I’ve Been Told That I Need a Deep Cleaning. How Is This Different from a Standard Cleaning?

During your appointment, your dental hygienist may test your gums to see if any pockets have formed. Pockets are spaces between your teeth and gums, and bacteria can settle into these areas, contributing to periodontal (gum) disease and tooth decay.

If your dentist believes it is necessary, he or she will recommend a deep cleaning, sometimes also called scaling or root planing. This is a different process from standard professional cleanings, and your hygienist will need to use specialized tools to clean your teeth under your gum line. Deep cleaning teeth takes time and will require local anesthesia.

Please note that you may not need to have a deep cleaning throughout every area of your mouth. Hygienists typically perform a deep cleaning one quadrant of your mouth at a time, and you may only need the procedure in one, two, or three of these sections.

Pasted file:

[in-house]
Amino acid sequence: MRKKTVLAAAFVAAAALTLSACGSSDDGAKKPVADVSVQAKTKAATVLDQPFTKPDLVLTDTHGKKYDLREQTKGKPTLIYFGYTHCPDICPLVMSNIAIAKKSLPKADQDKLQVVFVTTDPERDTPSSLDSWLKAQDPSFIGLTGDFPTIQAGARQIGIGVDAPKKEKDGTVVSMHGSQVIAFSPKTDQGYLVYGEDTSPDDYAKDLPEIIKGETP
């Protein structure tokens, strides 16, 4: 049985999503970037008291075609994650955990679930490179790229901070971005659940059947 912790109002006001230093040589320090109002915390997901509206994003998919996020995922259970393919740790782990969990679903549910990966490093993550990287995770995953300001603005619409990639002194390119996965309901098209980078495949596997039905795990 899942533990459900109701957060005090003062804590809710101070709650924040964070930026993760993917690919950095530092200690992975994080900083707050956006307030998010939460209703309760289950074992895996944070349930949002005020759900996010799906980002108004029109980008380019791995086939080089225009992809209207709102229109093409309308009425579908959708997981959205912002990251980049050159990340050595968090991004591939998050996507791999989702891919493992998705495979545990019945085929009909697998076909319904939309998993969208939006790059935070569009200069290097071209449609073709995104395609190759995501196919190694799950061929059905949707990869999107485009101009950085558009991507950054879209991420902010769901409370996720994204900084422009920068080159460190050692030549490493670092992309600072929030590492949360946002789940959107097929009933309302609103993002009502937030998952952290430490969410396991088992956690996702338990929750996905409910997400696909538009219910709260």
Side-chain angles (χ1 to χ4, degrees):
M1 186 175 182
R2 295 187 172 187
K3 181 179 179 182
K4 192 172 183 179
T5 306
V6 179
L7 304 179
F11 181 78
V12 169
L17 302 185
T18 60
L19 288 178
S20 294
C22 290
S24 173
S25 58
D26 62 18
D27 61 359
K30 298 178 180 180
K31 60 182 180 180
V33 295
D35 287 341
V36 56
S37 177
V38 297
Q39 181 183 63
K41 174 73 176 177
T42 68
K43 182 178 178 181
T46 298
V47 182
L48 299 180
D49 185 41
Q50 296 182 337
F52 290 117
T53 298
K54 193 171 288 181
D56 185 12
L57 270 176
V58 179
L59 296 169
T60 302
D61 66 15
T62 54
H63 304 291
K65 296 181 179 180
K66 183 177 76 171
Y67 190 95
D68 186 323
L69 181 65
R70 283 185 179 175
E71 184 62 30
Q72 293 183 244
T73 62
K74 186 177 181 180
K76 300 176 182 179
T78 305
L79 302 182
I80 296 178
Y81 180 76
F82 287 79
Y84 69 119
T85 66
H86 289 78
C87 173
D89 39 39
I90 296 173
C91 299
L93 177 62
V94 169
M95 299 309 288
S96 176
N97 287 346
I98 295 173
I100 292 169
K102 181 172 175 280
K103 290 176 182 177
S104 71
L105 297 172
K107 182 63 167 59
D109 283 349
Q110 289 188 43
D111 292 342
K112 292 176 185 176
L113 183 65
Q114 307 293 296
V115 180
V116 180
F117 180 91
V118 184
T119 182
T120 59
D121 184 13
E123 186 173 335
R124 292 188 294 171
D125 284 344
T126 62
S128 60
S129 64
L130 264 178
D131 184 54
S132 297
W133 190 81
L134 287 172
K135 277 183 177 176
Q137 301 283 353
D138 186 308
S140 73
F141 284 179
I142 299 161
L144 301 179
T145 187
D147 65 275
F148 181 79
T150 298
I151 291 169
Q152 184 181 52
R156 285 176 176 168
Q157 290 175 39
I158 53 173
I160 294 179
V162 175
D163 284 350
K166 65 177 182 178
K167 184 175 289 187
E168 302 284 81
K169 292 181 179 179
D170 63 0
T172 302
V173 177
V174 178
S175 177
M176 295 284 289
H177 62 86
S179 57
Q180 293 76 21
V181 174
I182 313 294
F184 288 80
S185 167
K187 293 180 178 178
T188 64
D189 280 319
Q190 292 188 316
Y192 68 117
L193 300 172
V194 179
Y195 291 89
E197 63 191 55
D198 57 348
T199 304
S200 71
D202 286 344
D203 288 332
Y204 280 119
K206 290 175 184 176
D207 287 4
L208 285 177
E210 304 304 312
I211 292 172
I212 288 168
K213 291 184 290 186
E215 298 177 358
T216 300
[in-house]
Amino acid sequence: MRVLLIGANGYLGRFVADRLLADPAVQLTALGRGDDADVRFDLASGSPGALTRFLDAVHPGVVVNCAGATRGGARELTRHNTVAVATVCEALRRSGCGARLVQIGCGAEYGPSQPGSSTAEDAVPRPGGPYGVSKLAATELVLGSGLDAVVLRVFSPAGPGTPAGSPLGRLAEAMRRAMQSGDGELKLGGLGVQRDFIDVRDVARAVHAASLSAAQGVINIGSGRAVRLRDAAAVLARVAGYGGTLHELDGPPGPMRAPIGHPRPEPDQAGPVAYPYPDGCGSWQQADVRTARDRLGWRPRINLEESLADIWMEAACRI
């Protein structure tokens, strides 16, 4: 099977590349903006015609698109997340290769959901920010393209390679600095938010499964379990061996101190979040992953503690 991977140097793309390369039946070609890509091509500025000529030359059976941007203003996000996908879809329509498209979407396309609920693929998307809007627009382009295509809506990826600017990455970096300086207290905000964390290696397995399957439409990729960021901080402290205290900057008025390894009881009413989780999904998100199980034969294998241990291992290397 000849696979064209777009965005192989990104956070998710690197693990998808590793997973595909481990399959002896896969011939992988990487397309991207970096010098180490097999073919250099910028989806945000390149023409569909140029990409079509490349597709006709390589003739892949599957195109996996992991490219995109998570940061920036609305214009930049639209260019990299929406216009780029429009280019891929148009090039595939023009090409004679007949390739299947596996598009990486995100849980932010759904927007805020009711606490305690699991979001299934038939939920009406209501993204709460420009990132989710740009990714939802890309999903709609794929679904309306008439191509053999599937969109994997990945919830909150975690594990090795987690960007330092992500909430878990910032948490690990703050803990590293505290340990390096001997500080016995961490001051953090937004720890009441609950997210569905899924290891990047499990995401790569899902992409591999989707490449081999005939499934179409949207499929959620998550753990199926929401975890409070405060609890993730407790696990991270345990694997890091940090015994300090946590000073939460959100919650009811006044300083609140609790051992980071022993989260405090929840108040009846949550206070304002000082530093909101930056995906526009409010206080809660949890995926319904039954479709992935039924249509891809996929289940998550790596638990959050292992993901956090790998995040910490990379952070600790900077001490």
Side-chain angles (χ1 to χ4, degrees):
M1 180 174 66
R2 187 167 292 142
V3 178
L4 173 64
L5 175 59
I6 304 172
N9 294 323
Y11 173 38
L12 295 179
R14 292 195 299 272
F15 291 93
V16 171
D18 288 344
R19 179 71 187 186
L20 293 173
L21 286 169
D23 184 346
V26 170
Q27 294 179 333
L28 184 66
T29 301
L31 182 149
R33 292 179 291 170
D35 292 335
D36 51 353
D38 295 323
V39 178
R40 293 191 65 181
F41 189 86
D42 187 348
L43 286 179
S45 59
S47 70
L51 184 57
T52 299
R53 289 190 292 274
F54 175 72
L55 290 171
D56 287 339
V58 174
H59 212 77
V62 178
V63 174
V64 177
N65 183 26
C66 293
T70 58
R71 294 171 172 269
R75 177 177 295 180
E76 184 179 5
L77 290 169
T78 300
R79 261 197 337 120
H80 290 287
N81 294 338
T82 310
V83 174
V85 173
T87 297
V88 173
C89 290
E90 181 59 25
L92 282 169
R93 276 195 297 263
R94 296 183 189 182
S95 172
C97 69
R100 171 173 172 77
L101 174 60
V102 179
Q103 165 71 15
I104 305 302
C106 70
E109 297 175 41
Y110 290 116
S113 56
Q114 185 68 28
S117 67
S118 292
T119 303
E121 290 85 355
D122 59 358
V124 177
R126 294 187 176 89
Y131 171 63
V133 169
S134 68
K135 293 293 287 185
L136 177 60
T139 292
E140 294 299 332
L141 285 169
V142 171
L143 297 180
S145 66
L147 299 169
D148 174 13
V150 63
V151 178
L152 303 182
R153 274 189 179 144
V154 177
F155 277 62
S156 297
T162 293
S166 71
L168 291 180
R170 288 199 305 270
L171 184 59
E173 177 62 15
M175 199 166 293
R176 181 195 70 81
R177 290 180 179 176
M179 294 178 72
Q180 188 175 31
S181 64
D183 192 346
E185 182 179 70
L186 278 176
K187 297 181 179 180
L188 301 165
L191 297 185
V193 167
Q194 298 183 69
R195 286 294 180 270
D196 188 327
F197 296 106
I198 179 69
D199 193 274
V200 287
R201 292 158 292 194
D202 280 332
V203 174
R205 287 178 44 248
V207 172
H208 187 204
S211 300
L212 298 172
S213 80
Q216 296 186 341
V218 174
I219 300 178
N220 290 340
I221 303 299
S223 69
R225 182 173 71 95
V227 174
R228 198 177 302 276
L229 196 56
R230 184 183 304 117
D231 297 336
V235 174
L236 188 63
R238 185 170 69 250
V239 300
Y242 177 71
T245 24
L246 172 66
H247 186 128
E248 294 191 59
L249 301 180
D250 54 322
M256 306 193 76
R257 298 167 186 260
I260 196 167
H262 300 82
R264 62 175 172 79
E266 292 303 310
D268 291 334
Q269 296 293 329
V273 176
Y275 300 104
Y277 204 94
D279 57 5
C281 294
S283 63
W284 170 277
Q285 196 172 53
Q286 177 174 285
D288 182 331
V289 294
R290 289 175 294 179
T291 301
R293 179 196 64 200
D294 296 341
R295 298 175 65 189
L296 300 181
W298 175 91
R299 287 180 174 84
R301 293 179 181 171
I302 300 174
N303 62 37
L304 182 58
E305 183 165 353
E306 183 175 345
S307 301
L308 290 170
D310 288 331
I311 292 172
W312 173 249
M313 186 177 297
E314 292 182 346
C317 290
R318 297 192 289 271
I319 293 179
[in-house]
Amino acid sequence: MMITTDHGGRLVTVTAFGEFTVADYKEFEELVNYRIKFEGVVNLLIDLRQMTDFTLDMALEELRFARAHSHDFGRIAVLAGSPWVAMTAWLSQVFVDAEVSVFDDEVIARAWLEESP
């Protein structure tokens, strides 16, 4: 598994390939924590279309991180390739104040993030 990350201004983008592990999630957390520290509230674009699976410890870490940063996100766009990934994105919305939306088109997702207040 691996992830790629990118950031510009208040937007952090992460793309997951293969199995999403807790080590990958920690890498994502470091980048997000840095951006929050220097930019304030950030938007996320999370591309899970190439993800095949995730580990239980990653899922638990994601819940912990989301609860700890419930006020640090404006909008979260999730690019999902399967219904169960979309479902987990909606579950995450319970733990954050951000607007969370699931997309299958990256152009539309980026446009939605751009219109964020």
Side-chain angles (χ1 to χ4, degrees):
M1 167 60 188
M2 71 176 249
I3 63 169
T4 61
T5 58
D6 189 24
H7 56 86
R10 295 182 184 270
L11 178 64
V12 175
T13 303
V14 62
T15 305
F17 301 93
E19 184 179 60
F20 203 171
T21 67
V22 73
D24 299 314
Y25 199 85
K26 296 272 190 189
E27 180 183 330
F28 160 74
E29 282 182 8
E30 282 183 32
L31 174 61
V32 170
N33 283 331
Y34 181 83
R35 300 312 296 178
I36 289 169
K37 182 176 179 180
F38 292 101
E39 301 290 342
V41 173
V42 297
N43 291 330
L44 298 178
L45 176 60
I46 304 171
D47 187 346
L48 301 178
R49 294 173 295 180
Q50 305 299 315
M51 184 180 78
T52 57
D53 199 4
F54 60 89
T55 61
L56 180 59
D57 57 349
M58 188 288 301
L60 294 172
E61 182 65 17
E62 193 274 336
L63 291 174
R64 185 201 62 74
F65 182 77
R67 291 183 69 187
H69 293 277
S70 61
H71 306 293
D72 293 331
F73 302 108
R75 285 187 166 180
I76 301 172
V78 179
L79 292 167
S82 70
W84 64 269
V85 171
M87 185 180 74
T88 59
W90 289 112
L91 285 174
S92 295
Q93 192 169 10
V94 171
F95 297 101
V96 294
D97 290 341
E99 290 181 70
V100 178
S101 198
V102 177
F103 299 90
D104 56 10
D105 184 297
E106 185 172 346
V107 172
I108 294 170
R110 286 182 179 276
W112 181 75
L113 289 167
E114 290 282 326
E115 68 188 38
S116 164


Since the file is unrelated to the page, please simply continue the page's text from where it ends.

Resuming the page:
I Have a Diagnosis of Gum Disease. What Now?

Talk to your dentist. He or she will explain the severity of the disease and offer treatment options, which may include a deep cleaning. Your dentist may also recommend more frequent professional cleanings that can help stop the progress of your gum disease, as well as the need for future deep cleaning procedures.

What About Costs?

Many patients are concerned about costs. Regular cleanings are significantly less expensive than deep cleanings, which is why it is more cost-effective to schedule regular dental checkups.

At Gentle Dental, our staff is trained to assist you in managing costs. We can explain your treatment options, and help you maximize your insurance benefits. In addition, our staff can provide information on financing options that allow you to get the dental care you need.

Final Word

Clean teeth can be achieved through a regimen of brushing, flossing, and regular dental consultations is one important way of taking care of yourself. Contact your Gental Dental office today to set up a consultation.